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Leo Cummings

Monument Lookout E3

Leo Cummings (pioneering family of Sheringa

district) drowned when the crayfish boat

‘Wangaree’ was wrecked on the rocks at the

base of the cliffs near Kiana in 1959 and the

monument was erected in his honour.

This site boasts uninterrupted views to Point

Drummond in the south and to the rugged

cliffs of Sheringa in the north and is home

to a family of osprey that nest on a craggy

pinnacle adjacent the lookout. There is an

access road and car park, with plenty of room

for caravans.

Lake Hamilton Eating House E4

Built around 1857, the Eating House was used

as a stopping place for coaches and travellers

on their way to the Far West Coast until the

1880s. The Port Lincoln Caledonian Society

restored the property in 1972 to its original

condition. Today, it’s the ideal rest spot,

providing a fascinating glimpse of the region’s


Sheringa / Round Lake E4

A popular camping area which is supported

by a well stocked roadhouse, visit Sheringa

for its magnificent white sand dunes, rugged

cliffs and great salmon fishing and surfing.

Locks Well D3

One of the most reliable locations for

catching Australian salmon in South Australia,

Locks Well beach consistently produces big

salmon. Accessible by a safe, 120 metre

wooden staircase (283 steps), there are also

amenities and a look-out offering panoramic

views of the rugged coastline and a great

photo opportunity to capture a stunning West

Coast sunset.

Elliston Clifftop Drives

See pages 6 and 7 for more information.

Walker’s Rock C3

Part of the Lake Newland Conservation Park,

Walker’s Rock offers you the opportunity to

swim, snorkel, surf and fish on one of the

longest beaches on the West Coast. Access

onto the beach is by 4WD drive, experienced

drivers only. Coastal camping is permitted.

Lake Newland

Conservation Park C3

A natural saline lake 20km in length, Lake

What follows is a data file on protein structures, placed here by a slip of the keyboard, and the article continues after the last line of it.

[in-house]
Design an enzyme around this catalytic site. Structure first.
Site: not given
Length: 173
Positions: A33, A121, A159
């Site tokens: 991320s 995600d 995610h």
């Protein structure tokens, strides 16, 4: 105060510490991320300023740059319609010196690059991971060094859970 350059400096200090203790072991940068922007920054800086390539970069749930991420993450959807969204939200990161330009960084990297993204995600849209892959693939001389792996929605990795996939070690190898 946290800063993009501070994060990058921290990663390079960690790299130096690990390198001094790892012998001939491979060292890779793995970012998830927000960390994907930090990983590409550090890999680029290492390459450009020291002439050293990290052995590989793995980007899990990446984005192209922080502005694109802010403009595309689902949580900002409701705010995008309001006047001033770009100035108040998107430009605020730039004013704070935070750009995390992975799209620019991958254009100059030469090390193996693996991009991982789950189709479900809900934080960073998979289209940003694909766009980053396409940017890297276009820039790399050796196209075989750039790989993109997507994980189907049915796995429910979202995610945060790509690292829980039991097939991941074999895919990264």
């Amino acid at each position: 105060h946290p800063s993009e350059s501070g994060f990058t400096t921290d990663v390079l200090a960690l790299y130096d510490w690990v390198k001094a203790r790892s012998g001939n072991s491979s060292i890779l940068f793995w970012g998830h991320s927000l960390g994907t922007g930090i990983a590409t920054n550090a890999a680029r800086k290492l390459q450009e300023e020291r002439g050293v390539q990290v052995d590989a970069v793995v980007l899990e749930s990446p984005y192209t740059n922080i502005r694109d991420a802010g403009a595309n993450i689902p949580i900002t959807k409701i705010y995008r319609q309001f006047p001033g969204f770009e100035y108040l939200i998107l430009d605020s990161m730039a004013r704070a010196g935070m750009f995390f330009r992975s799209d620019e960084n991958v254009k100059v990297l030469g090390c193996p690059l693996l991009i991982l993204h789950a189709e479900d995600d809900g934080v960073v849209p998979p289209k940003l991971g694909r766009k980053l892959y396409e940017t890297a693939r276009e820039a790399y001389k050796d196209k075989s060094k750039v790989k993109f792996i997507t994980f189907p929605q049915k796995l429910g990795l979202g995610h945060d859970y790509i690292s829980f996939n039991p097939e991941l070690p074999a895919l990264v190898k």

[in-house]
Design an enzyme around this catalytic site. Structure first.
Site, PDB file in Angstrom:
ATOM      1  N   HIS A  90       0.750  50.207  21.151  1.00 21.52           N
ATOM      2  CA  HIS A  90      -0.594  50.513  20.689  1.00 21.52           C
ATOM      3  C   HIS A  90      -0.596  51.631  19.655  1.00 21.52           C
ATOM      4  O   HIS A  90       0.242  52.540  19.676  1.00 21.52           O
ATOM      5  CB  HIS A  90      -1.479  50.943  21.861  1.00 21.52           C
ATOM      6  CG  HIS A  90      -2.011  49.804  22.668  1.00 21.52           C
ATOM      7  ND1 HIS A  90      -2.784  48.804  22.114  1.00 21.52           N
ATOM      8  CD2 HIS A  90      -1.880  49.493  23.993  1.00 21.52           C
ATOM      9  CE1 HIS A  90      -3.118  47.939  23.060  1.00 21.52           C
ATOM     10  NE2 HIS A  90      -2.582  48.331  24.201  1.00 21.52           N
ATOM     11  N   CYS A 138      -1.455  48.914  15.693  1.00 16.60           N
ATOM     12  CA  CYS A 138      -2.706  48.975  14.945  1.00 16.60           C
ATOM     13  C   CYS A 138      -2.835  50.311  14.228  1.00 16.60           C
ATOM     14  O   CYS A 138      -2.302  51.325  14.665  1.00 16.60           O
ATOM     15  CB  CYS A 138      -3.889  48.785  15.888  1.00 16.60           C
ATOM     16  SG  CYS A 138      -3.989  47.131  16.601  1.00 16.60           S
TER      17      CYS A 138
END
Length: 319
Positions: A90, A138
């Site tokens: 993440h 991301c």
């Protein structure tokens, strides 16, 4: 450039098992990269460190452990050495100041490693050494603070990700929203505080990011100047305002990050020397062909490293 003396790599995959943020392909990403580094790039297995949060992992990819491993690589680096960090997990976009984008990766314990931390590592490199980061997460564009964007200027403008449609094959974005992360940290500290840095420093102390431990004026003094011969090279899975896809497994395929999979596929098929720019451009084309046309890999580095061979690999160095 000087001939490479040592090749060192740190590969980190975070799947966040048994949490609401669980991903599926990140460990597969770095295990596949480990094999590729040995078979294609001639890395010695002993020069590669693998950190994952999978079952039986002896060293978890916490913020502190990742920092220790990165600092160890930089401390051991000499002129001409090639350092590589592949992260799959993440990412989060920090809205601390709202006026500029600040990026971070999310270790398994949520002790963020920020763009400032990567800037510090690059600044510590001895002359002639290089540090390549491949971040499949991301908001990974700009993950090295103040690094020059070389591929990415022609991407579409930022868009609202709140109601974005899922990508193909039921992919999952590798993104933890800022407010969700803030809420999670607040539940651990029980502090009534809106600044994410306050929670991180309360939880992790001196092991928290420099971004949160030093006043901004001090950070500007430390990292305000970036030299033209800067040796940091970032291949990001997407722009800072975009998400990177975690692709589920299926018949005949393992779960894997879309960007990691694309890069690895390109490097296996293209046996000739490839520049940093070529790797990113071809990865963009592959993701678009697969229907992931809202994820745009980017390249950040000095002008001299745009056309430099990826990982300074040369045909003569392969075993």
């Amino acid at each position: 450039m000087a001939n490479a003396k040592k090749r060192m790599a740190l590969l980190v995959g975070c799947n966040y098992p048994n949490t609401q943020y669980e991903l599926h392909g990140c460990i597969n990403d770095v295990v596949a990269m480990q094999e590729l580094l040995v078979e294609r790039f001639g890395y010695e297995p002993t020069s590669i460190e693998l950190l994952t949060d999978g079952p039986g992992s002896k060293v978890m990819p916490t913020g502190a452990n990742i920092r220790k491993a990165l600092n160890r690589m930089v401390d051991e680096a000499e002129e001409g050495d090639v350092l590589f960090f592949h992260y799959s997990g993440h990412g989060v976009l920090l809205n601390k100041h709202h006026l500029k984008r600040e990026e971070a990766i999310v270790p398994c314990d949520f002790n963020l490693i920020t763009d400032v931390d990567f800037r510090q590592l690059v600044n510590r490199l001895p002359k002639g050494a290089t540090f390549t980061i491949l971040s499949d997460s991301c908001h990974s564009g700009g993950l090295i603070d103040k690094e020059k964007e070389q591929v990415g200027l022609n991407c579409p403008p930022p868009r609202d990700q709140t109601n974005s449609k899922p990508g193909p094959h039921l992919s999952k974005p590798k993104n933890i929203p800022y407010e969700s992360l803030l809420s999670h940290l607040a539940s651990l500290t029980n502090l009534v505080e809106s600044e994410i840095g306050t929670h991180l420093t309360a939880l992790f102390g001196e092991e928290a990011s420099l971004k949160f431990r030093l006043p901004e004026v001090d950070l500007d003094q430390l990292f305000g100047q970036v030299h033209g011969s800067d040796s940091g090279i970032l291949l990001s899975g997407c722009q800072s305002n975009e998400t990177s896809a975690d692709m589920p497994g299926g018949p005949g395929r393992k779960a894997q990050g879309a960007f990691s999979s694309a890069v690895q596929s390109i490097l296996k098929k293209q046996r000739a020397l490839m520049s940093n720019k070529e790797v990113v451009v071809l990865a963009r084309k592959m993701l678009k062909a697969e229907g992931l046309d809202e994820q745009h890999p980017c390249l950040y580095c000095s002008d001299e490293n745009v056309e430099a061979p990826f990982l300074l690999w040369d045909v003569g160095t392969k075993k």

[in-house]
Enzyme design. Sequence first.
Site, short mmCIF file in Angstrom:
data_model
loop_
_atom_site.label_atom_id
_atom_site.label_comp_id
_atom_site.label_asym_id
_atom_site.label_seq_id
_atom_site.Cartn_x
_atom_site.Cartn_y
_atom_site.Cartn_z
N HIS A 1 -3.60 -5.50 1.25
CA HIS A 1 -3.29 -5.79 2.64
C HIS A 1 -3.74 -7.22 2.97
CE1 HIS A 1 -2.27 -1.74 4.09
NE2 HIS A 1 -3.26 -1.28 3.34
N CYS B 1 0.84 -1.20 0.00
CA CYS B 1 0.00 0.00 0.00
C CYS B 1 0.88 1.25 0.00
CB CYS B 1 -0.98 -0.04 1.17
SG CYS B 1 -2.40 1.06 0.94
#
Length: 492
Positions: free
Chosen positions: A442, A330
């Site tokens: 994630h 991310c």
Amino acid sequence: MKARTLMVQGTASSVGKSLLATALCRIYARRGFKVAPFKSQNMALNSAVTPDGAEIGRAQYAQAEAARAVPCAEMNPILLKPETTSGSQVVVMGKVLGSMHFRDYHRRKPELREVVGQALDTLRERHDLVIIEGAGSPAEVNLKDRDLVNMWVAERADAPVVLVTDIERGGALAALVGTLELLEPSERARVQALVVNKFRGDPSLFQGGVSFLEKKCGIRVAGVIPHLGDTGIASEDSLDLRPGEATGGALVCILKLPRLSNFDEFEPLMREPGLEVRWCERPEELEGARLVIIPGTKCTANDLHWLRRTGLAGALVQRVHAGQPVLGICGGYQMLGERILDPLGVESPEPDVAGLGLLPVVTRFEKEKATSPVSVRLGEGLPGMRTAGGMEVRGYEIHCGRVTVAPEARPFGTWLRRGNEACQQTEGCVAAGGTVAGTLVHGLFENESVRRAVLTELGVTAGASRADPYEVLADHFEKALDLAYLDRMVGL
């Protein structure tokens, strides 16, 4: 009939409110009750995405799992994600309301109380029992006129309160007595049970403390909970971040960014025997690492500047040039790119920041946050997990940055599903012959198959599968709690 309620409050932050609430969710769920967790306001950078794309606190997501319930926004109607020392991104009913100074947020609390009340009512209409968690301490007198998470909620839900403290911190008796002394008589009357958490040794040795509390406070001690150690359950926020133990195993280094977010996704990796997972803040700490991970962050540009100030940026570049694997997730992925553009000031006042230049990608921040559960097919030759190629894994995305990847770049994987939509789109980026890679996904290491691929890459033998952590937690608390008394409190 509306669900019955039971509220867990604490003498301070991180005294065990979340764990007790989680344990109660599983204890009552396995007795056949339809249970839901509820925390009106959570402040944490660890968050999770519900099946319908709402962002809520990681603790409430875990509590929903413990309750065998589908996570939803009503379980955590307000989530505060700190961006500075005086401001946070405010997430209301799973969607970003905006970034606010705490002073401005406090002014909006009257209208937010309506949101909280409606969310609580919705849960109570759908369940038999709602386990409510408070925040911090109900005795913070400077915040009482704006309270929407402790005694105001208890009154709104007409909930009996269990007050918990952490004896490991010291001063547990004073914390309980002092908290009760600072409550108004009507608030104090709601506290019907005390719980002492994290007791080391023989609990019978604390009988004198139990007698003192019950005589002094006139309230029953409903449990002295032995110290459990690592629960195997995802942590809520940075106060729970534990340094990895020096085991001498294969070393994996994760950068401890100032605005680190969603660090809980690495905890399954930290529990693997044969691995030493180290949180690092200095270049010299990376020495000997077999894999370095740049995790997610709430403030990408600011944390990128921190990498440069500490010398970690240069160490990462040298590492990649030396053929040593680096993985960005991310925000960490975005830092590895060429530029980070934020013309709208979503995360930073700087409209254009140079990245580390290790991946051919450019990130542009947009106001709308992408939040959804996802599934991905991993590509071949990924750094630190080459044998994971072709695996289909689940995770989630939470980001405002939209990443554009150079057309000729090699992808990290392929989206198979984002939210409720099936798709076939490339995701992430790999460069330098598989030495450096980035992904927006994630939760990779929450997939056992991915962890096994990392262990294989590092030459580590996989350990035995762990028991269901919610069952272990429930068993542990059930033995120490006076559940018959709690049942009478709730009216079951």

Newland is the most extensive wetland

on Eyre Peninsula, providing an excellent

opportunity to observe the waterfowl and

wading birds that inhabit the wetlands. The

lake section of the park is only accessible

by 4WD. A day visit and camping area at

Walker’s Rock (managed by the local council)

provides 2WD access to the coast. For more

information visit

Colton historic town site and

Colton Cemetery C3

An old pioneer town, complete with a hotel,

church, school and cemetery. The cemetery

is the burial site of the first Greek settler

to South Australia, George Tramountanas

(North), who arrived in SA in 1822 at the age

of 20. He loved the land and the sea and

brought with him the skills and knowledge

of his homeland. His headstone tells his story

both in Greek and English. An olive grove

lines the walk to the gate in his honour.

Fact sheets are available from the Elliston

Community and Visitor Information Centre.

Talia Caves & Talia Beach B3

Talia Beach offers good beach and rock


Visit ‘The Woolshed’, a large cavern carved

into the granite cliff by wave action. A

walkway and wooden steps provide access

onto the rocks to view the cave with its

honeycombed ceiling, dark crevices and

nearby blowholes.

Not far away is ‘The Tub’, a large crater with

a tunnel connection to the sea and a granite

base. It is 10 - 30 metres deep and 50 metres

across. Beyond ‘The Tub’ is a dramatic cliff

face that offers long views to the south along

Talia Beach.

The monument to Sister DB Millard who

drowned 24th June 1928 is also located here.

Mt Camel Beach B2

This pristine beach offers excellent year

round surf fishing for salmon, mullet and large

Australian herring (tommy ruff).

Venus Bay South Head Walking

Trail & Needle Eye Lookout B2

Walk the South Head Walking Trail at Venus

Bay and see pods of dolphins surfing and

frolicking through the waves at the bay’s

entrance. Visitors might also spot Australian

sea lions, sea eagles and from May to

October this is a great viewing spot for the

Southern Right Whales as they migrate to the

Great Australian Bight.

The Needle Eye Lookout offers spectacular

vistas of natural rock formations, rugged

cliffs and breathtaking views of the coastline.

Feel the fresh Southern Ocean breeze while

standing at lookouts and soak up some of the

best views that the Great Australian Bight and

Eyre Peninsula has to offer.

Venus Bay Conservation Park B2

The park comprises Weyland Peninsula and

the seven islands within Venus Bay. There

are over 100 species of birds, 12 species of

native mammals and 25 reptile species in

the park. Visit

for more





The area is home to 100,000 year-old

fossil cocoons locally known as ‘clogs’.

The weevils that create these cocoons

(Leptoptus duponti) still inhabit this area.